I started doing SS properly 5 weeks. I've added over 70lbs to squat, 90lbs to deadlift and I'm pushing close to benching 120% of BW. I'm over 45yrs and I was nothing special under the barbell when I started (I'm not now, but relatively speaking I could kick my 5-week younger's ass...). I've stayed the same BW but gone up a shirt size. I'm hitting 240gr of protein, 180gr of carbs and limiting fat to about 80gr on a bad day. I've now approached the point where I can't recover from the workout in sufficient time to do one on, one off and so rest two days between workouts.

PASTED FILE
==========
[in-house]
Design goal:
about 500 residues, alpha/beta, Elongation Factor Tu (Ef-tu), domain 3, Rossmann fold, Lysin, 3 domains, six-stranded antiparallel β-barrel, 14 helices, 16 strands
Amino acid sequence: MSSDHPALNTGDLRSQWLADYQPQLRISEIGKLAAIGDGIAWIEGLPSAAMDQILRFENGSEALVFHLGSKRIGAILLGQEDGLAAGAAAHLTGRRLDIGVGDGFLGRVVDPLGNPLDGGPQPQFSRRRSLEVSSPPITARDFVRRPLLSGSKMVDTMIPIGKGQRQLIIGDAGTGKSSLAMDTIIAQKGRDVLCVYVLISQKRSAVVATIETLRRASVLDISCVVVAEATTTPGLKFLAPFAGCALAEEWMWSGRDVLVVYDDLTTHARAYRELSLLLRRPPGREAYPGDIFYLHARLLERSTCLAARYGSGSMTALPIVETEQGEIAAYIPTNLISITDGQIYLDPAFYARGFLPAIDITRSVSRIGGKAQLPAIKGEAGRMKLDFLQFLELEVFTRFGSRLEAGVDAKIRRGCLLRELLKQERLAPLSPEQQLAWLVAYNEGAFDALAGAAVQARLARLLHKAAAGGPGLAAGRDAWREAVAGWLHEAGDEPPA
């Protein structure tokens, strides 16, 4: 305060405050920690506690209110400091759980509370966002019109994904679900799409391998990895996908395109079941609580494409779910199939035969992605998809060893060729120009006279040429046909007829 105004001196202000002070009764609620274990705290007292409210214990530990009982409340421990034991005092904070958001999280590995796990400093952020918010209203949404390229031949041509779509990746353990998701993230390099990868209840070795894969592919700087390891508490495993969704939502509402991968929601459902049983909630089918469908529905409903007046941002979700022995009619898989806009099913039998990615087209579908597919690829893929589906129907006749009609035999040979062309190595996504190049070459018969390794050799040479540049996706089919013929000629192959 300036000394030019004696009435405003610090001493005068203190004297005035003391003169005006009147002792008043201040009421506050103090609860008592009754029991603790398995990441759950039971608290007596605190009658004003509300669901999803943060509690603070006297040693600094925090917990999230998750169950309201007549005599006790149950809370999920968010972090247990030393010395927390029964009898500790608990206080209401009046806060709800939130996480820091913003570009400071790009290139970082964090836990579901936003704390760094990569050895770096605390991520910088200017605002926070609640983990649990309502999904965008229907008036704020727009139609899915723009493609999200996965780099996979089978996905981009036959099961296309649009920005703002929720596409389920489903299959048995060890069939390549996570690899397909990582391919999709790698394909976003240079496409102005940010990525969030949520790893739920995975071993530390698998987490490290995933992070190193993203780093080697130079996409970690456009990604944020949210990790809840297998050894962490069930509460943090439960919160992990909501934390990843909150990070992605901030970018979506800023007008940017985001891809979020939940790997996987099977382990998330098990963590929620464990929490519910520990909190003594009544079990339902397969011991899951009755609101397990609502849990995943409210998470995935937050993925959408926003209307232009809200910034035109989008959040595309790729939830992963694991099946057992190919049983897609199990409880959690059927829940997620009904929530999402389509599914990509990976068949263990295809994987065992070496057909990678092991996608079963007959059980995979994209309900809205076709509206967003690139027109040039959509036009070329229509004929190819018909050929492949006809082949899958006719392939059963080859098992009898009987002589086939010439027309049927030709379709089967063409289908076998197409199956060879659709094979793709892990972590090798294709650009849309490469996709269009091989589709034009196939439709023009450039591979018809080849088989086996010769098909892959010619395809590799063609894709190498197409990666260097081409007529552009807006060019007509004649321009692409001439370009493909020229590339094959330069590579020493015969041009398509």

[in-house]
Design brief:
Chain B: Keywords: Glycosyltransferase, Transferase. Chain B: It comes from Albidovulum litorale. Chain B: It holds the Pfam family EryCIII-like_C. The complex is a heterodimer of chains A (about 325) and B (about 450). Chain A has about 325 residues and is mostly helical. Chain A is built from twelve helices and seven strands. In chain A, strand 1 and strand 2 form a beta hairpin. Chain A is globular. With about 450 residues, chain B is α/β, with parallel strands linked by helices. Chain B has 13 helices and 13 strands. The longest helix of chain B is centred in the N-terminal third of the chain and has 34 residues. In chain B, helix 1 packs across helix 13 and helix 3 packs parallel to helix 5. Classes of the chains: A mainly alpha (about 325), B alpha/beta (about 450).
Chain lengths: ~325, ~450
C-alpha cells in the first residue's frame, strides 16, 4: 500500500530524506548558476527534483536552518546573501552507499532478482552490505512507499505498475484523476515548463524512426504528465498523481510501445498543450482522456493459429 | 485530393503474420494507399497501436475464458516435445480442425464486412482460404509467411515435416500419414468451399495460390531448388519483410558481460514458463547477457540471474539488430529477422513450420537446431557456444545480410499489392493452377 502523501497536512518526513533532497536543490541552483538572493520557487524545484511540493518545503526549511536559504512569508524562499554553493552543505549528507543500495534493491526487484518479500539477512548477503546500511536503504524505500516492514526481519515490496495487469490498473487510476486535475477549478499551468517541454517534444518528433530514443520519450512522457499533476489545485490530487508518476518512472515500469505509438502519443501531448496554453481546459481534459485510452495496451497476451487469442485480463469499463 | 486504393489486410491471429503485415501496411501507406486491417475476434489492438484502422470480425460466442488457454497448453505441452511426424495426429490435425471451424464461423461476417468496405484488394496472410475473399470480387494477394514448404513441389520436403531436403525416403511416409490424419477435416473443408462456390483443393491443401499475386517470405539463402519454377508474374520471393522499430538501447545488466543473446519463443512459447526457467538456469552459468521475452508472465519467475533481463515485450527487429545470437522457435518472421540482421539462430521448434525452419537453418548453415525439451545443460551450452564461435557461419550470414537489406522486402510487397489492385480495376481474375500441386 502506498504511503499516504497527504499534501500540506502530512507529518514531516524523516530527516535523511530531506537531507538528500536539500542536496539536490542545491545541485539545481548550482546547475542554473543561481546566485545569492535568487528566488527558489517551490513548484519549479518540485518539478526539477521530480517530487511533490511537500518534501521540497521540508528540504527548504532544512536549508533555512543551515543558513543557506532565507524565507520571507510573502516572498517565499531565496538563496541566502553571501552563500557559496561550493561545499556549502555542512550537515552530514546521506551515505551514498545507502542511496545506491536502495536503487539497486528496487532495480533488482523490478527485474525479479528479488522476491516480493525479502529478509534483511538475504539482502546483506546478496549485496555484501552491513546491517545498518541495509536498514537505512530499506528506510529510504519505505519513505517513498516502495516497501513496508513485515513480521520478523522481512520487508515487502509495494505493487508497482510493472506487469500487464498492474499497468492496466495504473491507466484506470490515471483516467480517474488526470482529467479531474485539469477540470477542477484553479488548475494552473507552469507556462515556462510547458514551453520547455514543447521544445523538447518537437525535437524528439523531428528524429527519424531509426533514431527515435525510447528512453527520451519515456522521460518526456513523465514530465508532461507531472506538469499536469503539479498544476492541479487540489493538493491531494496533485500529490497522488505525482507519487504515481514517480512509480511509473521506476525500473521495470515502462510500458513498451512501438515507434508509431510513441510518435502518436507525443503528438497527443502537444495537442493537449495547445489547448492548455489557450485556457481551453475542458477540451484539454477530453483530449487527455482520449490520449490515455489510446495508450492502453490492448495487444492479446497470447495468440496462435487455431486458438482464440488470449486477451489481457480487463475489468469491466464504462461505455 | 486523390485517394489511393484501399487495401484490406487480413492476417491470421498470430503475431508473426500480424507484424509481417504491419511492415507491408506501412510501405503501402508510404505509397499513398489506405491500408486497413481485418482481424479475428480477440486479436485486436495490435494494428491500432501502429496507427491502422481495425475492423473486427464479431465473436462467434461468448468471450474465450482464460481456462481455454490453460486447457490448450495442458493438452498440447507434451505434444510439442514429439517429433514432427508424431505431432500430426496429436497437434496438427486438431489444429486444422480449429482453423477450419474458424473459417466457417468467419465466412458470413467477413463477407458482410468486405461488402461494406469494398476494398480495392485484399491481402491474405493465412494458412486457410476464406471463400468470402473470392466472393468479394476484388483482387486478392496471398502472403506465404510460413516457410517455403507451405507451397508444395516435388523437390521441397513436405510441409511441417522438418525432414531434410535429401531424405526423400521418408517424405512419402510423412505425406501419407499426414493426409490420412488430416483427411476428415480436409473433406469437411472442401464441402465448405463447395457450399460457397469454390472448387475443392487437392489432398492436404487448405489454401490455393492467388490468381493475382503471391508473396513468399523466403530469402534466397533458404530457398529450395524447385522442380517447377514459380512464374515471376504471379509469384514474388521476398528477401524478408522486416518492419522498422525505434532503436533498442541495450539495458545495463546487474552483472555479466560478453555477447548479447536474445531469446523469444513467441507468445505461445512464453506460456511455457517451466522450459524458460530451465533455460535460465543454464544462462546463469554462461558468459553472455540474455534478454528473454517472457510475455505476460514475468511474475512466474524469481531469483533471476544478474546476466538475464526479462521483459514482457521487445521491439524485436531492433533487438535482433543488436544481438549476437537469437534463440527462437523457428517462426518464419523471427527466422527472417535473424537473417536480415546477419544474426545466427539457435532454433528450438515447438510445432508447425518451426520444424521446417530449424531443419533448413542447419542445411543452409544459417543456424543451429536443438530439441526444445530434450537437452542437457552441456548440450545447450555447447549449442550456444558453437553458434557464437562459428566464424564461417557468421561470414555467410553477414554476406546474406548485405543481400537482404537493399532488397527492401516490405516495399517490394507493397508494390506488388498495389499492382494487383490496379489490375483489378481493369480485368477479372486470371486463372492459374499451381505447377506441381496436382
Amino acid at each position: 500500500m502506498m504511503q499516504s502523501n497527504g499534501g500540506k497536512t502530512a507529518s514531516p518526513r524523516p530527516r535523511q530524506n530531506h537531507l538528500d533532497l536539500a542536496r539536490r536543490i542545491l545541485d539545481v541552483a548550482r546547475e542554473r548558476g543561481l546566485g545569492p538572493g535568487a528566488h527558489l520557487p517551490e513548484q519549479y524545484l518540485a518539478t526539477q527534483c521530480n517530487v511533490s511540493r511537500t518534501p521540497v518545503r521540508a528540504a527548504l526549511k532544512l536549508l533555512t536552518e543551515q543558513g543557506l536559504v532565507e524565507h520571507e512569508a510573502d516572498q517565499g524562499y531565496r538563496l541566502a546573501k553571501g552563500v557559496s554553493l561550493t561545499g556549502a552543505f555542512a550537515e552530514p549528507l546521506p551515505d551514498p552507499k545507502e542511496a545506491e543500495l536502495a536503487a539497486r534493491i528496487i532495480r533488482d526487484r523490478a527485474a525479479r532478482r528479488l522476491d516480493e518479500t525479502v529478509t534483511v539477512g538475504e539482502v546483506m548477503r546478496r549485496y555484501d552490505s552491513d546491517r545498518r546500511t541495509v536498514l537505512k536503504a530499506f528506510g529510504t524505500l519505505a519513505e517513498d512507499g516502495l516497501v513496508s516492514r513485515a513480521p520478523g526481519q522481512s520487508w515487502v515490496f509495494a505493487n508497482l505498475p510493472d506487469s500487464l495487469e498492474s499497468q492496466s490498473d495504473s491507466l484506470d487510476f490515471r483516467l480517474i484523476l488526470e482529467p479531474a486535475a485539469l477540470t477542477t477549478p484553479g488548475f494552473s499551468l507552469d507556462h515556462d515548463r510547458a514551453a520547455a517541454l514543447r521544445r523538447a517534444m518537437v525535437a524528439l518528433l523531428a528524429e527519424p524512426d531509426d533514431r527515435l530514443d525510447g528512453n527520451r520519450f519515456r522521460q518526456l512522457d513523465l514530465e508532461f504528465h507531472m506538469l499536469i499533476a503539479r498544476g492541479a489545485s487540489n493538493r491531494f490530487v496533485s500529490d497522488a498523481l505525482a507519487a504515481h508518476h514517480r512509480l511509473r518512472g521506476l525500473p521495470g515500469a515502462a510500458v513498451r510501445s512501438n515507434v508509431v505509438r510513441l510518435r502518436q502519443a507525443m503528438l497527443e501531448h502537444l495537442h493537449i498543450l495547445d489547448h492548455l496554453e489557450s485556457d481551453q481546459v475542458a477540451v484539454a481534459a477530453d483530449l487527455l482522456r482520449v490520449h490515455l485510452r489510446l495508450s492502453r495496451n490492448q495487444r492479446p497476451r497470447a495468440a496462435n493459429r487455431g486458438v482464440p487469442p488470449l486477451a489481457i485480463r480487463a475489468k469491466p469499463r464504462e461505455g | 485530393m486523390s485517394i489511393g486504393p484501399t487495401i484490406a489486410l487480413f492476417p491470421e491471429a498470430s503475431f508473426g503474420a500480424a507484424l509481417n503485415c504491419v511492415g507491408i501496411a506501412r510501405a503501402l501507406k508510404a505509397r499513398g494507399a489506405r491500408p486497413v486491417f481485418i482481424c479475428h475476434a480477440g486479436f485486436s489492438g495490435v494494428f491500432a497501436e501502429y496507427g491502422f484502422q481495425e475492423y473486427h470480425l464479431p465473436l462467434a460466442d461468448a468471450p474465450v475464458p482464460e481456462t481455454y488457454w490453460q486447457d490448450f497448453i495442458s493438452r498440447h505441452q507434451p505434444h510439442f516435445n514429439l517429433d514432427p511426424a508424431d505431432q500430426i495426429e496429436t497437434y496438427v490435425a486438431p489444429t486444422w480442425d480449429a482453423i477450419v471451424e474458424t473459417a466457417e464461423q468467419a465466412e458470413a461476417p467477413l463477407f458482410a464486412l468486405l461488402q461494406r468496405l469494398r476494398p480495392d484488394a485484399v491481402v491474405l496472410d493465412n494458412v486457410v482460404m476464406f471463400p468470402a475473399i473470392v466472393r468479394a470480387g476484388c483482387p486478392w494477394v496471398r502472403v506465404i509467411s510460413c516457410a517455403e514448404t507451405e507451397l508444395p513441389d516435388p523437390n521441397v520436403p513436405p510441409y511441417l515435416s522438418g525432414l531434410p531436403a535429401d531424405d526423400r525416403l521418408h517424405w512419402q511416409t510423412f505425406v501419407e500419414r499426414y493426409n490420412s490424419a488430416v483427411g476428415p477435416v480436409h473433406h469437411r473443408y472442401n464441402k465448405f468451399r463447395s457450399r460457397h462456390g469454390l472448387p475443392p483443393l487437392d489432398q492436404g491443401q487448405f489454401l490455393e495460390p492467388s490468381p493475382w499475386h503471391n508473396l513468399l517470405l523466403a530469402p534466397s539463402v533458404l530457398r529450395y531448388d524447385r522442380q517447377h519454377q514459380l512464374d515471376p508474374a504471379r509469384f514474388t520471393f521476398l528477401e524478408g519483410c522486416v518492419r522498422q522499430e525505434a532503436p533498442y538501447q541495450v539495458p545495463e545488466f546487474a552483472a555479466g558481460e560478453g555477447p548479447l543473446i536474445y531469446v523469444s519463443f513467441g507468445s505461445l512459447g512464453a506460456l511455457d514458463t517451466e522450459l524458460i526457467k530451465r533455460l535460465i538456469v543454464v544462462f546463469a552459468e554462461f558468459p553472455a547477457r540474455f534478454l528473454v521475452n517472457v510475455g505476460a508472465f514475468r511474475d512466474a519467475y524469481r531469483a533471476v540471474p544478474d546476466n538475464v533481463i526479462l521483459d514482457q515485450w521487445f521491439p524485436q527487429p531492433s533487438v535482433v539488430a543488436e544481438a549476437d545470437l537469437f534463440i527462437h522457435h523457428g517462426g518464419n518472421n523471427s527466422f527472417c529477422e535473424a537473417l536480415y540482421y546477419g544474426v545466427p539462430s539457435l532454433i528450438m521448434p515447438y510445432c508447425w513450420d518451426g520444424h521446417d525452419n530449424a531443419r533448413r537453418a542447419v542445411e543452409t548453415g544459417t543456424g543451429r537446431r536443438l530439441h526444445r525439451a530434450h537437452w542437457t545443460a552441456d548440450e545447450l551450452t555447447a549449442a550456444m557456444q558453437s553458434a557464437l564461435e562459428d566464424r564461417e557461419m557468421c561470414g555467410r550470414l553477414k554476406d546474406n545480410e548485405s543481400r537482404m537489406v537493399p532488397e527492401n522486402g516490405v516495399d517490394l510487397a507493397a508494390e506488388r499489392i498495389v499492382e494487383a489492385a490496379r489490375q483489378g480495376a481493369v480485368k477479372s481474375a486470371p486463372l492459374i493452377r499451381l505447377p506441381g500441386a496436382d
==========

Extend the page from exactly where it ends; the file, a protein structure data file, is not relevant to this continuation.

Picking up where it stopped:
SS is about one thing ONLY - strength. Athletes train for a sport. To perform at a sport. I train for strength. I don't exercise, I train, specifically to get stronger. In order to do that, you cannot do an 'intense' workout such as interval training. THat's called conditioning, it's very caloric and does not allow for optimal strength progression. Note the word 'optimal'.

                            If you went from doing 20 press ups you could up that count by almost doing anything that involved the upper body and see good results in the early phase. It's called the novice effect. Your body responds well to stimulus when compared to a more dormant state.